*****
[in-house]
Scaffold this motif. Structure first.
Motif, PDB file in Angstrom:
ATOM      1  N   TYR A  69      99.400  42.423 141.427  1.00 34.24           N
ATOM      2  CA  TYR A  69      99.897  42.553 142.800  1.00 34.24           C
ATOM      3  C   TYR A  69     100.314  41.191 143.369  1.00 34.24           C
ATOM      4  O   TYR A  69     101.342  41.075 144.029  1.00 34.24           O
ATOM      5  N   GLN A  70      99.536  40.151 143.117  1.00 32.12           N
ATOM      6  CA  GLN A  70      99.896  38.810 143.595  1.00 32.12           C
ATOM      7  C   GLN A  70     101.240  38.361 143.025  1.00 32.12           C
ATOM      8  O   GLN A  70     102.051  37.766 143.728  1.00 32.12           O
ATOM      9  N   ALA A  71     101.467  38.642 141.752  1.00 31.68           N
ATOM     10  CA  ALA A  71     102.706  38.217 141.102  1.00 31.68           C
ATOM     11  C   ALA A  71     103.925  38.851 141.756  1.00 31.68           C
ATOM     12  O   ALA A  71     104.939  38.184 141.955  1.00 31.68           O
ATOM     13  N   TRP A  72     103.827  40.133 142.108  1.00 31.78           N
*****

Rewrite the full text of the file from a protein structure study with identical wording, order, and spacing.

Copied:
[in-house]
Scaffold this motif. Structure first.
Motif, PDB file in Angstrom:
ATOM      1  N   TYR A  69      99.400  42.423 141.427  1.00 34.24           N
ATOM      2  CA  TYR A  69      99.897  42.553 142.800  1.00 34.24           C
ATOM      3  C   TYR A  69     100.314  41.191 143.369  1.00 34.24           C
ATOM      4  O   TYR A  69     101.342  41.075 144.029  1.00 34.24           O
ATOM      5  N   GLN A  70      99.536  40.151 143.117  1.00 32.12           N
ATOM      6  CA  GLN A  70      99.896  38.810 143.595  1.00 32.12           C
ATOM      7  C   GLN A  70     101.240  38.361 143.025  1.00 32.12           C
ATOM      8  O   GLN A  70     102.051  37.766 143.728  1.00 32.12           O
ATOM      9  N   ALA A  71     101.467  38.642 141.752  1.00 31.68           N
ATOM     10  CA  ALA A  71     102.706  38.217 141.102  1.00 31.68           C
ATOM     11  C   ALA A  71     103.925  38.851 141.756  1.00 31.68           C
ATOM     12  O   ALA A  71     104.939  38.184 141.955  1.00 31.68           O
ATOM     13  N   TRP A  72     103.827  40.133 142.108  1.00 31.78           N